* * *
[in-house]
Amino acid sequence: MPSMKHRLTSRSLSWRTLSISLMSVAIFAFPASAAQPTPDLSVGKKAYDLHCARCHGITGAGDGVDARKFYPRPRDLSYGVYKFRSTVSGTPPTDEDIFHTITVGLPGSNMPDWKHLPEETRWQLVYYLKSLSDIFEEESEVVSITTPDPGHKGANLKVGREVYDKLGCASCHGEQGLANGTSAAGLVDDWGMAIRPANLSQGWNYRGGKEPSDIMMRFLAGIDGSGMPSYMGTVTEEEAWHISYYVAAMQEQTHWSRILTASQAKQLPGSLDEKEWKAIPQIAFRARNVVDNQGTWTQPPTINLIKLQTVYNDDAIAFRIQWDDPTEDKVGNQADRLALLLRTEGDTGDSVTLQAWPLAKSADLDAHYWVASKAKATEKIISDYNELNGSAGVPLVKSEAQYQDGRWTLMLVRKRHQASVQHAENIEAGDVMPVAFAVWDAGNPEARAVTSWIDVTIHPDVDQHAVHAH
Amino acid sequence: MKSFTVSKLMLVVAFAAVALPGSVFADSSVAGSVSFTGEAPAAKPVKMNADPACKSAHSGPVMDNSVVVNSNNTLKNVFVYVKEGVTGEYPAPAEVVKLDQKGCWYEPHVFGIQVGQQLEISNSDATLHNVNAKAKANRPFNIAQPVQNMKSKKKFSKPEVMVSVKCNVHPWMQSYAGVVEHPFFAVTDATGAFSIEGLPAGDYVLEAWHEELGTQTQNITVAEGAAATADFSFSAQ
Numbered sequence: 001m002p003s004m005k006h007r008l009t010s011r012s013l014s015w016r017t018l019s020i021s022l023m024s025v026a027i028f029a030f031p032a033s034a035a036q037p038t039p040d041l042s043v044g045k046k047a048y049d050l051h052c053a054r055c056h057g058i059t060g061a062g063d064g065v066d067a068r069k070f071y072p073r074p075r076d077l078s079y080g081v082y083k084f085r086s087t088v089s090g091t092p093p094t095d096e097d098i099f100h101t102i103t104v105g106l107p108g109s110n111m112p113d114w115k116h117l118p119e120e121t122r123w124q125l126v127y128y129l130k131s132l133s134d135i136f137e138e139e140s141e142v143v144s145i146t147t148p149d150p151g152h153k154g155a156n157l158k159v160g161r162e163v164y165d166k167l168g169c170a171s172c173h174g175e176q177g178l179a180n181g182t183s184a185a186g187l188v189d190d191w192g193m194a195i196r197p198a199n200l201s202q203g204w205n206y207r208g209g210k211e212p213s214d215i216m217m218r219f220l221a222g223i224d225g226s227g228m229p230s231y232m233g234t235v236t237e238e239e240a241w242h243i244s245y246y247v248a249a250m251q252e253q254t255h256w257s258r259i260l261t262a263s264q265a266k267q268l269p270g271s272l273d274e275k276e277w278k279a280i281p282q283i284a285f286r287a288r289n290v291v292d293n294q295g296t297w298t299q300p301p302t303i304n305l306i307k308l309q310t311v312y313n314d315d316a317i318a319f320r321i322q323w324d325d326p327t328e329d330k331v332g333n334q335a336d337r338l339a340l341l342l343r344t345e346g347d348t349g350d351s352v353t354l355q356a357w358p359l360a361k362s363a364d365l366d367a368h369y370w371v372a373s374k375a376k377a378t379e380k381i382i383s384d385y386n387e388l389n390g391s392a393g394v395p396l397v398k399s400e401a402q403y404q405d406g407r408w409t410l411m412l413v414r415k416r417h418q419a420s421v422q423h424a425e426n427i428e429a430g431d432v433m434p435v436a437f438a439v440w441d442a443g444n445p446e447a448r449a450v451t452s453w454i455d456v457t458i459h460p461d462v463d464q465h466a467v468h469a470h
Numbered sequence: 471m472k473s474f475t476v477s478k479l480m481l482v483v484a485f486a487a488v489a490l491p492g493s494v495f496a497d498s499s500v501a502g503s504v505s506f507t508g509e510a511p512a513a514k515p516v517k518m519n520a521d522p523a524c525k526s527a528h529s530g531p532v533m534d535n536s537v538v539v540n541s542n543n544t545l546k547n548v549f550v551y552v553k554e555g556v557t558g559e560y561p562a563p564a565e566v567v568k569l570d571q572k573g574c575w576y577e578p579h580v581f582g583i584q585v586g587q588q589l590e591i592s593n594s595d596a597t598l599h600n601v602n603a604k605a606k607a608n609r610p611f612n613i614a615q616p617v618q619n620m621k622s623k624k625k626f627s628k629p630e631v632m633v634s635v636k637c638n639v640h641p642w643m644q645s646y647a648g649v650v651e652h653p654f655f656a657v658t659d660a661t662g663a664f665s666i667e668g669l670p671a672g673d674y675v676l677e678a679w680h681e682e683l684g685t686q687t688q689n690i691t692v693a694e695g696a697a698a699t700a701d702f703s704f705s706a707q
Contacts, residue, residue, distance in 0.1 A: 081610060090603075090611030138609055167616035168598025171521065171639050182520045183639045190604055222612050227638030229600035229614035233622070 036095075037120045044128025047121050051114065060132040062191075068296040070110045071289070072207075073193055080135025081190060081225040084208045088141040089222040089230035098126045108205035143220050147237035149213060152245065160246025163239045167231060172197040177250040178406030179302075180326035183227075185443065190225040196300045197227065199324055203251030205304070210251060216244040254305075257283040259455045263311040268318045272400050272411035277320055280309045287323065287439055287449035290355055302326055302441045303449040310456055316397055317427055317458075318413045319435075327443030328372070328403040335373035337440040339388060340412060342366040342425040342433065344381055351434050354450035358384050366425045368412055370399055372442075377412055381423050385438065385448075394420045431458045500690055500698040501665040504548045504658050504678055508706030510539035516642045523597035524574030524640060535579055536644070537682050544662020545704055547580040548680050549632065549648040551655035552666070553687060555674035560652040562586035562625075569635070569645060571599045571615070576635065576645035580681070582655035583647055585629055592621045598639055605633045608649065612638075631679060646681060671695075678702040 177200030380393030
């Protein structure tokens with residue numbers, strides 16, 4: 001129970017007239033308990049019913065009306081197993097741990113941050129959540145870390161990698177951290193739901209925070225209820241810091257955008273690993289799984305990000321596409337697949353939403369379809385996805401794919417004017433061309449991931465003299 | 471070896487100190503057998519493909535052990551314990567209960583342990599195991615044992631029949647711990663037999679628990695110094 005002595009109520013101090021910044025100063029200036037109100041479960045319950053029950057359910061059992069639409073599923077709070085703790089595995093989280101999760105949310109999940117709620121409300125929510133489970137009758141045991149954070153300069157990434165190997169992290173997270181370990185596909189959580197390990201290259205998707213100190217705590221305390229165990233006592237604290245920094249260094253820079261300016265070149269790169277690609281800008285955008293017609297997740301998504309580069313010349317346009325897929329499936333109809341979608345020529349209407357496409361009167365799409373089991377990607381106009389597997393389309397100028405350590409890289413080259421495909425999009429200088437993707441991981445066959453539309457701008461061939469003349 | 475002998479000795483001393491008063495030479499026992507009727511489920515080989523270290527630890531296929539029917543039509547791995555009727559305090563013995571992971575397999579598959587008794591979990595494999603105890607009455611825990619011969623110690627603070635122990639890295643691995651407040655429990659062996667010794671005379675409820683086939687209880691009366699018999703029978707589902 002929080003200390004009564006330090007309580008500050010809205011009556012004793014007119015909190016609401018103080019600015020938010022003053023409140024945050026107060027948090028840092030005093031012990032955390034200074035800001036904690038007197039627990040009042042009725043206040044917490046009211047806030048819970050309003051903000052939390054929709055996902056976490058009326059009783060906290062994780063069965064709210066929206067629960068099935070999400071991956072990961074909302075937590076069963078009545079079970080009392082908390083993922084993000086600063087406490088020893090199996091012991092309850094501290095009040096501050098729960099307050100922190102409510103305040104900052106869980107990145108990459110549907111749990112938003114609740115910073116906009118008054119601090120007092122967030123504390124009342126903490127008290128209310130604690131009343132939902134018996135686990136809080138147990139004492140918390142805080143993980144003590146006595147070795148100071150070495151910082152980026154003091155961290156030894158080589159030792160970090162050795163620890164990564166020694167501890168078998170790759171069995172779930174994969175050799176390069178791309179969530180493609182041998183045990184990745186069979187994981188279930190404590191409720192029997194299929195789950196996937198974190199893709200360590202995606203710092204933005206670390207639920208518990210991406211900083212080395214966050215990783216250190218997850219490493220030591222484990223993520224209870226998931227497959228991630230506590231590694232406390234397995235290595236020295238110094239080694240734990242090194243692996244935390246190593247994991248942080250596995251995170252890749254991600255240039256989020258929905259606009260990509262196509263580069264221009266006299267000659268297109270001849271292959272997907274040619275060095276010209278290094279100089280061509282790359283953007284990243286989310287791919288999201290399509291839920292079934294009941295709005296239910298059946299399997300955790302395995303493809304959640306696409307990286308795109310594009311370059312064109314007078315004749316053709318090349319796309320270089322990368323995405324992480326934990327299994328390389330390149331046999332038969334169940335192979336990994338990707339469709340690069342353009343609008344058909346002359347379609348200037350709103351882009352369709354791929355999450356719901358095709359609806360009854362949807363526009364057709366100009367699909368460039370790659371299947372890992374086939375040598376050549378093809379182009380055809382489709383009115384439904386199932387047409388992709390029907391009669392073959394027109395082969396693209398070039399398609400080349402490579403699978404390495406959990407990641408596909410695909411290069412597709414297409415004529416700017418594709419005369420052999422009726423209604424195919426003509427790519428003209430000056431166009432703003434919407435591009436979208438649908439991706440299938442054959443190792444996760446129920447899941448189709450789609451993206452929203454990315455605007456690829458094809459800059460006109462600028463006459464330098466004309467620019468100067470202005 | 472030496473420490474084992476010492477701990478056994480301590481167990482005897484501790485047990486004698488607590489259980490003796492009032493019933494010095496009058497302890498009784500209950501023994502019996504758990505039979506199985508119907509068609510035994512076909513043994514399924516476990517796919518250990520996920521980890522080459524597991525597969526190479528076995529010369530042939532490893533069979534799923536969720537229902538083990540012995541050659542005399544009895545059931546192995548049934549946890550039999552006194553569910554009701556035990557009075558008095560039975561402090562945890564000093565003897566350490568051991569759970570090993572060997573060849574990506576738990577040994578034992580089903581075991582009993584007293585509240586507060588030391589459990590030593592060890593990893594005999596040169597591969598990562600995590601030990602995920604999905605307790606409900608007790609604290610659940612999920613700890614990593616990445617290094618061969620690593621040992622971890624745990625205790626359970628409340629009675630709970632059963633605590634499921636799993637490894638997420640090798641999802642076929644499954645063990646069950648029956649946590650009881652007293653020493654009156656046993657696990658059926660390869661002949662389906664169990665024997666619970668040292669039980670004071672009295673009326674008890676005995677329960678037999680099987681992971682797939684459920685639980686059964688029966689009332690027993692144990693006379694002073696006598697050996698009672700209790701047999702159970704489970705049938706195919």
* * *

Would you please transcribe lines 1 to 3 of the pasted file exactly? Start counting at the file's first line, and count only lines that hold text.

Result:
[in-house]
Amino acid sequence: MPSMKHRLTSRSLSWRTLSISLMSVAIFAFPASAAQPTPDLSVGKKAYDLHCARCHGITGAGDGVDARKFYPRPRDLSYGVYKFRSTVSGTPPTDEDIFHTITVGLPGSNMPDWKHLPEETRWQLVYYLKSLSDIFEEESEVVSITTPDPGHKGANLKVGREVYDKLGCASCHGEQGLANGTSAAGLVDDWGMAIRPANLSQGWNYRGGKEPSDIMMRFLAGIDGSGMPSYMGTVTEEEAWHISYYVAAMQEQTHWSRILTASQAKQLPGSLDEKEWKAIPQIAFRARNVVDNQGTWTQPPTINLIKLQTVYNDDAIAFRIQWDDPTEDKVGNQADRLALLLRTEGDTGDSVTLQAWPLAKSADLDAHYWVASKAKATEKIISDYNELNGSAGVPLVKSEAQYQDGRWTLMLVRKRHQASVQHAENIEAGDVMPVAFAVWDAGNPEARAVTSWIDVTIHPDVDQHAVHAH
Amino acid sequence: MKSFTVSKLMLVVAFAAVALPGSVFADSSVAGSVSFTGEAPAAKPVKMNADPACKSAHSGPVMDNSVVVNSNNTLKNVFVYVKEGVTGEYPAPAEVVKLDQKGCWYEPHVFGIQVGQQLEISNSDATLHNVNAKAKANRPFNIAQPVQNMKSKKKFSKPEVMVSVKCNVHPWMQSYAGVVEHPFFAVTDATGAFSIEGLPAGDYVLEAWHEELGTQTQNITVAEGAAATADFSFSAQ